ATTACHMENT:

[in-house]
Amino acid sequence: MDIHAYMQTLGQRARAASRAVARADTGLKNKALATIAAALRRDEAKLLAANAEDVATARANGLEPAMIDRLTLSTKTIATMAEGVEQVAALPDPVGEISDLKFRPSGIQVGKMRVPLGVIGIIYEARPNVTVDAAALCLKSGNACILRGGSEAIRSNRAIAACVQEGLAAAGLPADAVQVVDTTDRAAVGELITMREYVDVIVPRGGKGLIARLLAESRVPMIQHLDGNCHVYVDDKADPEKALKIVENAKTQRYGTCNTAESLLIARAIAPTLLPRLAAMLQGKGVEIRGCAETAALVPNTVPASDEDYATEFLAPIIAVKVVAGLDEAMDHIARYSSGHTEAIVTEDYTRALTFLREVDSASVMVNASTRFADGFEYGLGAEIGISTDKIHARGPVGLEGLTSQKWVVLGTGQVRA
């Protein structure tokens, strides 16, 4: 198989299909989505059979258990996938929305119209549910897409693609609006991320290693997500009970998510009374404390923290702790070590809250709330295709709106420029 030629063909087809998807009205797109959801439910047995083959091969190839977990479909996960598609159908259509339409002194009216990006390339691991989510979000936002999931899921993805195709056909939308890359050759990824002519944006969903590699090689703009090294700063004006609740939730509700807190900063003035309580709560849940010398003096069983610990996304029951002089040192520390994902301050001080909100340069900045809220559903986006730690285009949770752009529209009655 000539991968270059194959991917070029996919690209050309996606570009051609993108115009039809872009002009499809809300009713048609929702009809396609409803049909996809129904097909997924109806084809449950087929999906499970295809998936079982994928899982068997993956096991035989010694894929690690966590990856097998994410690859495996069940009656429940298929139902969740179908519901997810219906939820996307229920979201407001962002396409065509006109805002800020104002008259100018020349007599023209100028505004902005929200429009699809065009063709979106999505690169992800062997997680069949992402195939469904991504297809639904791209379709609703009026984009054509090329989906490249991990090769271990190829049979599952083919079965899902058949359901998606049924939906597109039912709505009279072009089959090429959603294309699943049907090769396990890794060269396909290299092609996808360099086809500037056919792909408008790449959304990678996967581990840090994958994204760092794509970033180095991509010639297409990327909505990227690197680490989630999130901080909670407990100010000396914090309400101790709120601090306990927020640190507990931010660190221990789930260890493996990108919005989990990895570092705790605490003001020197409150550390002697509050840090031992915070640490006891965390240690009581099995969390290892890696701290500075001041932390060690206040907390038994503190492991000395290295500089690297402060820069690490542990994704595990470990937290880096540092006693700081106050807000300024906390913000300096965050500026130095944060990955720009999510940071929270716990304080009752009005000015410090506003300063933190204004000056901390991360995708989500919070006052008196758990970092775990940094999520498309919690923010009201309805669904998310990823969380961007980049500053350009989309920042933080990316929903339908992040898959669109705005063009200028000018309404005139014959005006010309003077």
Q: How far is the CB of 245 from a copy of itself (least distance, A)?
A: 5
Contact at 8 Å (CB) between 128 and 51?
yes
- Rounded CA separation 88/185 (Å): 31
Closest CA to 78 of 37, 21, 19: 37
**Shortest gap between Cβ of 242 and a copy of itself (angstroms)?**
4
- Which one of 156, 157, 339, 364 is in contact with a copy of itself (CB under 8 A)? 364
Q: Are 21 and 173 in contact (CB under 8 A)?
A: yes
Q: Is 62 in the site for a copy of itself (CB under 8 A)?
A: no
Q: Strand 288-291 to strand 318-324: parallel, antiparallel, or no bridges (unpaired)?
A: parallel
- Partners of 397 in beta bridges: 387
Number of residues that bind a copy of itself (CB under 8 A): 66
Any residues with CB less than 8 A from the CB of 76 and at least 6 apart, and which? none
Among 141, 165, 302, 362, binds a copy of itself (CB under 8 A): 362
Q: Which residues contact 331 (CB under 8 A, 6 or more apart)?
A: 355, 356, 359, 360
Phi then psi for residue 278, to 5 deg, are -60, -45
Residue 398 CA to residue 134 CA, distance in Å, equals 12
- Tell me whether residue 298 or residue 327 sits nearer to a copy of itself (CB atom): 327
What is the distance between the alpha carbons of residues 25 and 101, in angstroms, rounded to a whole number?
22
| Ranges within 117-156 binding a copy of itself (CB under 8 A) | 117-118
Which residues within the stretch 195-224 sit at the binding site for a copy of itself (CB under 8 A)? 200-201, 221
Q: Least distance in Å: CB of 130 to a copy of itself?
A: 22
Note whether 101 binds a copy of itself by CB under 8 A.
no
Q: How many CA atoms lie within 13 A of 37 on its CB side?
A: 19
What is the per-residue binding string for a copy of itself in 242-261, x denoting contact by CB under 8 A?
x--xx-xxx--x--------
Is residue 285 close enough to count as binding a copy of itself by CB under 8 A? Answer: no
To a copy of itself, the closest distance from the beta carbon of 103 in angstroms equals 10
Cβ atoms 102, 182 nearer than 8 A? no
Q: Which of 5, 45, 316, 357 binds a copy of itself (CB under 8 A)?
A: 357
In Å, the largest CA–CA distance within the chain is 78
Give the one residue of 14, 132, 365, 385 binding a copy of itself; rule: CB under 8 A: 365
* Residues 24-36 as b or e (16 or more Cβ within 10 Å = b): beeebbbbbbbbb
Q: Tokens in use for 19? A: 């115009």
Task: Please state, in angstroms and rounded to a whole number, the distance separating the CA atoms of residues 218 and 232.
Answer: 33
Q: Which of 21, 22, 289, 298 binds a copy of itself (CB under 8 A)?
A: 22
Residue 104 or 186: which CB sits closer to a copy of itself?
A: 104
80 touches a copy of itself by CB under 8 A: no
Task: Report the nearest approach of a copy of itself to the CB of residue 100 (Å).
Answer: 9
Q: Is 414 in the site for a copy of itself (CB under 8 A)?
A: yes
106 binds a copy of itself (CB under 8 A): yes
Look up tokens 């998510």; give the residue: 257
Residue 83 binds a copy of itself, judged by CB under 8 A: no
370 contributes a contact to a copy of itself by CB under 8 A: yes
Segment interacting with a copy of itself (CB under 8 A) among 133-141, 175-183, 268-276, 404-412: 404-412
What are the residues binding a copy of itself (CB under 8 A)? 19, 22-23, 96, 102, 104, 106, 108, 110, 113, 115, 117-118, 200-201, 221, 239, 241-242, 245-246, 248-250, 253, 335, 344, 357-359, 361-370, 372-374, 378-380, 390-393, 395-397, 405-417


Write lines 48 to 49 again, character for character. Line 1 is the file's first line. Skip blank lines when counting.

Q: Tokens in use for 19? A: 């115009």
Task: Please state, in angstroms and rounded to a whole number, the distance separating the CA atoms of residues 218 and 232.